Last updated: August 25. 2013 7:55AM - 784 Views

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Brenda Switzer says her husband does it, but John won’t have any part of confessing to his lead foot.

“He’ll put it in the paper, honey,” John pleads.

“But it’s true … you drive 80 on I-75 now. Admit it,” Brenda counters.

“Just a matter of keeping up with traffic … going with the flow,” John answers.

“Tell that to the state patrol,” Brenda follows, with a wifely smirk growing on her face.

Lt. Brant Zemelka is the commander of the state patrol in Lima, and he’s quite aware of what the Switzers are talking about. If you’ve been driving Ohio’s interstate highways recently, you also know. Since the speed limit increased to 70 mph on July 1, more people are pushing 80 miles per hour on the open road.

It’s that unwritten “buffer zone” that many of us — or should I say, many of you — live by. If the speed limit is 70 mph … you really can go 75 or 78 before the highway patrol will pull you over.

That’s risky business, says Zemelka. The law is the law, and at 71 mph, you can be picked up by the patrol.

What’s he supposed to say? He’s a state trooper, for crying out loud.

We all know (don’t we?) that there is a “sweet spot” — that miracle four or five mph of cushion that troopers will give you before sneaking up behind you, blue lights a blazing.

“Not necessarily so,” says Zemelka, towing the company line.

The state patrol has no record yet of how many speeding arrests have been made since the 70-mph law went into effect compared to a year ago. Even if it did, it would be comparing apples to oranges. The Lima patrol, for instance, surely had more arrests last year since the highway construction had yet to begin.

Zemelka did say troopers are seeing more drivers putting the peddle to metal.

“When it first was implemented, people knew we would be monitoring it closely so they were more careful. Now, it’s been a month or so and motorists are starting to push it,” Zemelka said.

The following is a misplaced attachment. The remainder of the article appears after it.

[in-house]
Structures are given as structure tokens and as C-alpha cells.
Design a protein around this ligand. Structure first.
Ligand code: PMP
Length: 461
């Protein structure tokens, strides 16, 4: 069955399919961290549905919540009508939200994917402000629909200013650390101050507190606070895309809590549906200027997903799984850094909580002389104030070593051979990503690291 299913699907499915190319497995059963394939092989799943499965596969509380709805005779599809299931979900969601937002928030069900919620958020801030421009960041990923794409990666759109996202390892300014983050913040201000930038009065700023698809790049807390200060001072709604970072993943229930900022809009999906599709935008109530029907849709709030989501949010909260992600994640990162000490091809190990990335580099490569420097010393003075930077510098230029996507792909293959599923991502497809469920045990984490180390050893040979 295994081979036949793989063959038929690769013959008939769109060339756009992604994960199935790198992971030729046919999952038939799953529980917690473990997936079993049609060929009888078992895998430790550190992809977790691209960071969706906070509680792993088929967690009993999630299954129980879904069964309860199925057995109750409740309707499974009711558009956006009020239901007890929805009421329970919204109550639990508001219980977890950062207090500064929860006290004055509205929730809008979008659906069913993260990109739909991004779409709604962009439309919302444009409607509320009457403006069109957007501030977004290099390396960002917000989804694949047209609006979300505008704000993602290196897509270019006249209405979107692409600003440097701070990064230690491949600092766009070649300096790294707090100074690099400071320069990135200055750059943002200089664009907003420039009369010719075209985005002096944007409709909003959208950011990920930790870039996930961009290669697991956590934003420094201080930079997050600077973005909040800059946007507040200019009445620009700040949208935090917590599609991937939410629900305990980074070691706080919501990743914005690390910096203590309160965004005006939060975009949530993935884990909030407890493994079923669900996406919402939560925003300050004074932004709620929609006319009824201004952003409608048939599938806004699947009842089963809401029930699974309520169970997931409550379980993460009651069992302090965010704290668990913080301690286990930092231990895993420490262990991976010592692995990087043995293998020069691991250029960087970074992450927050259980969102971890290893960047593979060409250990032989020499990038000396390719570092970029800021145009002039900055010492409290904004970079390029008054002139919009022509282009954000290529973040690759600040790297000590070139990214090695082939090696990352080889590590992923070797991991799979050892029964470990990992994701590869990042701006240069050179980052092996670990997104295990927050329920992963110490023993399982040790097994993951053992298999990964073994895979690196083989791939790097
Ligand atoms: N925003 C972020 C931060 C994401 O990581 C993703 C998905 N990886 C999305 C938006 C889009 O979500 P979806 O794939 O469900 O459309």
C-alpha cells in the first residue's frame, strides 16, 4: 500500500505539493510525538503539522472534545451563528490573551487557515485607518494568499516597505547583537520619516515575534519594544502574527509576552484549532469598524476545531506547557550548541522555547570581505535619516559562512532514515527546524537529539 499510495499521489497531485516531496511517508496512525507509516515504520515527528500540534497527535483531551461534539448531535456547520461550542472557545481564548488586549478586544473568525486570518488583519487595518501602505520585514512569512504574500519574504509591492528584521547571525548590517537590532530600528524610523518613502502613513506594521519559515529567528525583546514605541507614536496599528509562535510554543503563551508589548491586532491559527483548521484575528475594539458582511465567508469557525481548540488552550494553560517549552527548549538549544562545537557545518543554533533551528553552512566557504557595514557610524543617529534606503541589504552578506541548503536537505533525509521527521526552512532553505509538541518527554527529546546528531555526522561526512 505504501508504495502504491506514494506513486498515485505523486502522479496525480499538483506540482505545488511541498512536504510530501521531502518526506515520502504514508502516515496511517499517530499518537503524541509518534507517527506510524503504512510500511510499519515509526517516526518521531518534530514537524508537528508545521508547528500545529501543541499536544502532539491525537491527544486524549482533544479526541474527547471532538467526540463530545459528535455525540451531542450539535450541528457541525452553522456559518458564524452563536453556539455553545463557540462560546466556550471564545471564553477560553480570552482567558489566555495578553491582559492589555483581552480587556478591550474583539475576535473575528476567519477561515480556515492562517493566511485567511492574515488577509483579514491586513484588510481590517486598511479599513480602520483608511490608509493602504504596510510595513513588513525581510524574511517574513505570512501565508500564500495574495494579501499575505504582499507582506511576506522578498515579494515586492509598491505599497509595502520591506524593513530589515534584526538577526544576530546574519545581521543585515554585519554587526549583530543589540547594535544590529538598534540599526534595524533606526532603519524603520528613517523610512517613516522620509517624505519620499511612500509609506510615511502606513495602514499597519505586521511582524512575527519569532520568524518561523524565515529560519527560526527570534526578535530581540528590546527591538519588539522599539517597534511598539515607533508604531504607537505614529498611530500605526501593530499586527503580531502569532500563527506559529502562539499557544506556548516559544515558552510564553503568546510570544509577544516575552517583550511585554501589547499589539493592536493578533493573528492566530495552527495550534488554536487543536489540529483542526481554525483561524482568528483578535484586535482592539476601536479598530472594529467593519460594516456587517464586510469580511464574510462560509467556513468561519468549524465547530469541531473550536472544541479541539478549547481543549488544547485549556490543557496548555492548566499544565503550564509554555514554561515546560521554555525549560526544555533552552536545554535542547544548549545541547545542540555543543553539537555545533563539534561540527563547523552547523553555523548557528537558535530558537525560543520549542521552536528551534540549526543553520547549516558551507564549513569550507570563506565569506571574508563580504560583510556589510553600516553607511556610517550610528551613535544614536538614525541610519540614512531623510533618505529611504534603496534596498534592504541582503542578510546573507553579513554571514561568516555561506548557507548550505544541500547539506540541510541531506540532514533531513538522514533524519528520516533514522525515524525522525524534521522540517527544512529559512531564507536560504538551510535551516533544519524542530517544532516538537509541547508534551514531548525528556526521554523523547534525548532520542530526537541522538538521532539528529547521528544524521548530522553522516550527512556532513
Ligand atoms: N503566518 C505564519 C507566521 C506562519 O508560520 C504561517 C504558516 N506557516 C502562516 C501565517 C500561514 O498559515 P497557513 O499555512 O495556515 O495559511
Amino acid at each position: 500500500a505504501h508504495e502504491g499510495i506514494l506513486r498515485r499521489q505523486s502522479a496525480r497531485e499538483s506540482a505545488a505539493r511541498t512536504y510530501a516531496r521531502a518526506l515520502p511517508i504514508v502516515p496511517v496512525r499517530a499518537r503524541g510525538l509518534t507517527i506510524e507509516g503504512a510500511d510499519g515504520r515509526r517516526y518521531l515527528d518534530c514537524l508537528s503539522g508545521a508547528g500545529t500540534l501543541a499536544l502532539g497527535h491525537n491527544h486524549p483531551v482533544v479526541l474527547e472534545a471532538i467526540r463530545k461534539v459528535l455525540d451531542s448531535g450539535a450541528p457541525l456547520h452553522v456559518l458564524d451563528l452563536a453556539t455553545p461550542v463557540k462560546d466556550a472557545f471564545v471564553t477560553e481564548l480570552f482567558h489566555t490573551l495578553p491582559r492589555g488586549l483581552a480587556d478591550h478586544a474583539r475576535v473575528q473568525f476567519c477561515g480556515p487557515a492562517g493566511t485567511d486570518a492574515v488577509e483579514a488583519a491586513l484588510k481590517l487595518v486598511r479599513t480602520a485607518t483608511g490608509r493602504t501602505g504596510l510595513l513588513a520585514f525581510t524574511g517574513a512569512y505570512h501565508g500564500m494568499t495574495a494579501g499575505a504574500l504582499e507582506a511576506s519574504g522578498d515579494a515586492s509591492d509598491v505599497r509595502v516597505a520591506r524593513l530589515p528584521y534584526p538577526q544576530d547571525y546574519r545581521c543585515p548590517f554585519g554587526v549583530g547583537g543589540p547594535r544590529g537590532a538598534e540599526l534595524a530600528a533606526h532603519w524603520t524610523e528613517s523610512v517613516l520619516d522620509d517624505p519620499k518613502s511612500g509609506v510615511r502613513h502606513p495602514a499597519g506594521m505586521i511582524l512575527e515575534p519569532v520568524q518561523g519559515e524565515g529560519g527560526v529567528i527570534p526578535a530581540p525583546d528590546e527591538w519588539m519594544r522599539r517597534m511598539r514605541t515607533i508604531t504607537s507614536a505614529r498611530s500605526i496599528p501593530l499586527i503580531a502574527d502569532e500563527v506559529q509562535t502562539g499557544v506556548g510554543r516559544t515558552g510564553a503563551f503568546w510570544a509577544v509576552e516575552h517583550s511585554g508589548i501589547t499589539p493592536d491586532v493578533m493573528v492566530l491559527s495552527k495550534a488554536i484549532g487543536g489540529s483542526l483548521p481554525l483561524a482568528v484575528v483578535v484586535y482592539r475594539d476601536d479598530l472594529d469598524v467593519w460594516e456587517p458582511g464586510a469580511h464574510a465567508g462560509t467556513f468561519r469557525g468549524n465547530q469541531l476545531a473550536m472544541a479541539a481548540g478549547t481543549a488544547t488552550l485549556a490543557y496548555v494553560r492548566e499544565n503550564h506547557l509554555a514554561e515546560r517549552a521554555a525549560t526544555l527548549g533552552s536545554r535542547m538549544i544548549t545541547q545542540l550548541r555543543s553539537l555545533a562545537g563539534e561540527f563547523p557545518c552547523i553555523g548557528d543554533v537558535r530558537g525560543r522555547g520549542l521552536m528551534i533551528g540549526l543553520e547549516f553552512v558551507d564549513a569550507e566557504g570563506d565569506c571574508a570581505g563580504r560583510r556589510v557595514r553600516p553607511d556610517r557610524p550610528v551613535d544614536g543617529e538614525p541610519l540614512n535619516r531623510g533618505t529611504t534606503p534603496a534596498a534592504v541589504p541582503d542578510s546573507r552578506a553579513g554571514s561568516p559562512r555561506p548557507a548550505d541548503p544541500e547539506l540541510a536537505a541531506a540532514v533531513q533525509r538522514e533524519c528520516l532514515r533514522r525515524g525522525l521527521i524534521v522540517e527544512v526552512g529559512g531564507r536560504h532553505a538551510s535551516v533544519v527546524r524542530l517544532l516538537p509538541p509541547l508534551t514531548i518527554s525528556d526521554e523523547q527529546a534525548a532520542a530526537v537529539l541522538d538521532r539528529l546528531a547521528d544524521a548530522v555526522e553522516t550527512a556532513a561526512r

There have been two cases of motorists being cited for driving more than 100 mph in Allen County, but Zemelka says that probably had more to do with reckless stupidity than it did with increasing the speed limit.

The only advice Zemelka said he can give people wishing to avoid a ticket is to watch the posted speed limit and drive accordingly.

“I told you so,” Brenda Switzer said to her husband.

“You’ve told me lots of things,” John replied, "more than once.”

ROSES AND THORNS: A quick-thinking gas station clerk finds a spot in the rose garden.

Rose: An alert clerk at the Shell Gas Station in Allentown quickly shut off the fuel lines to the gas pumps after a car driven by Jonathan McDaniel, 21, of Lima, crashed into two gas pumps Saturday, igniting a fire. Brian Helmig, of the American Township Fire Department, said the quick action may have kept the fire from causing major damage.

Rose: To Kevin Jones, who has been named the warden at Allen Oakwood Correctional Institution after serving more than three months in the position on an interim basis.

Rose: To Dr. DeBow Freed, president emeritus of Ohio Northern University, who is featured in the new book, “West Point Leadership: Profiles of Courage.” The book covers biographies of 180 graduates, noting Freed’s 23 years of active military duty and 32 years as president of two universities.

Rose: To Verne Bellinger, of Elida, who had her idea featured Wednesday in the nationally syndicated comic strip, "Pluggers."

Thorn: A dispute has arisen about the hiring of firefighters in Lima. Councilman Jesse Lowe wants an explanation about why attempts to hire firefighters were halted. Lowe said people applying for the job were properly following procedures, only to receive a letter saying the hiring was no longer being done. Fire Chief Mark Heffner said the department does have a valid civil service test, but postponed interviews. He would not elaborate further.

Thorn: To the exchange between Lima City Councilman Derry Glenn and Council President John Nixon at last week’s meeting. Nixon interrupted comments by Glenn, saying the councilor was making allegations without facts. Glenn shot back, “Let me finish. Don’t disrespect me. I’m not your child.” To which Nixon responded, “Thank God.”

Thorn: To Joshua Cole, 24, of Wren. Convoy police and Van Wert County Sheriff deputies picked him up for breaking into a car, and in the process of searching his vehicle, found items that were stolen earlier that day during burglaries in Wilshire and York townships.

PARTING SHOT: Money talks, but all mine ever says is goodbye.

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